On Thursday, Ottawa County Department of Public Health officials issued a press release noting Ottawa, Muskegon and Kent counties are seeing an increase in cases reported here, as are health officials across Michigan and the country. According to the press release, a common source hasn’t been identified in relation to the recent cases.
According to the Michigan Disease Surveillance System weekly disease report, there have been 292 cases reported so far this year in the state. The Michigan Department of Health and Human Service’s report takes probable, suspected and confirmed cases into account.
A total of 309 cases and 348 cases were reported in 2016 and 2017, respectively, according to the report.
The Ottawa County health department did not say how many cases have been reported specifically in West Michigan.
“It is important people are aware of the signs and symptoms of this serious type of lung infection and contact their doctor right away if they become sick,” said Marcia Mansaray, epidemiologist for the Ottawa County department.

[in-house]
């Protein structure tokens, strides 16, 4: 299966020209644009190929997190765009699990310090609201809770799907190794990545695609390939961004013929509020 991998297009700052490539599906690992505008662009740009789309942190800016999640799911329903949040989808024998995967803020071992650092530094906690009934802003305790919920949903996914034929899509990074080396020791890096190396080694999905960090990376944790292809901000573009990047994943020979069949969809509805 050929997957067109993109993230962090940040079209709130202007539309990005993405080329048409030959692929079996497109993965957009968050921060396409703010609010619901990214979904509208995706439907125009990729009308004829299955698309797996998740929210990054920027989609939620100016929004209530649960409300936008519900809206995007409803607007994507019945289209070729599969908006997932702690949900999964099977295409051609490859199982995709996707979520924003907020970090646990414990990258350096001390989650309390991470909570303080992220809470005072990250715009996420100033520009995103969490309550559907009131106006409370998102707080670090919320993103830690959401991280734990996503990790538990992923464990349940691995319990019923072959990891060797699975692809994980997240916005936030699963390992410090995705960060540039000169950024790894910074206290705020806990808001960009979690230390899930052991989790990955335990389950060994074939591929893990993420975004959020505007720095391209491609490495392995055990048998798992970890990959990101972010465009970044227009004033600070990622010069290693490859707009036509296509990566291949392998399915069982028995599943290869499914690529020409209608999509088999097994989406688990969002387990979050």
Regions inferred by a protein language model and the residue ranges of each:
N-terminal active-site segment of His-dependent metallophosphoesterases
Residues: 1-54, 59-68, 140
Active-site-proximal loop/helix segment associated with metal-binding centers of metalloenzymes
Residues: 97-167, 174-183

Legionnaires’ disease is a type of severe pneumonia, a lung infection, caused by breathing in droplets of water containing Legionella, according to the Centers for Disease Control and Prevention. Symptoms include a cough, fever, muscle aches, headache and shortness of breath.
Kristina Weighmink, spokesperson for the Ottawa County Department of Public Health, said that it’s important for people to monitor their symptoms and contact their doctor.
X-rays or physical exams are used to check for pneumonia, and doctors might also order urine and sputum tests to see if the lung infection is caused by Legionella, according to the CDC.
Individuals at an increased risk for Legionnaires’ disease are people who are age 50 and older, being a former or current smoker, taking medication that weakens your immune system, having chronic lung disease, and having a weakened immune system from a disease such as diabetes, cancer or kidney failure.
Legionella, a type of bacterium, can be found in freshwater environments and man-made water systems.
The Ottawa County press release noted that Legionnaires’ disease is more common during warmer months because that’s when temperatures are ideal for bacteria growth.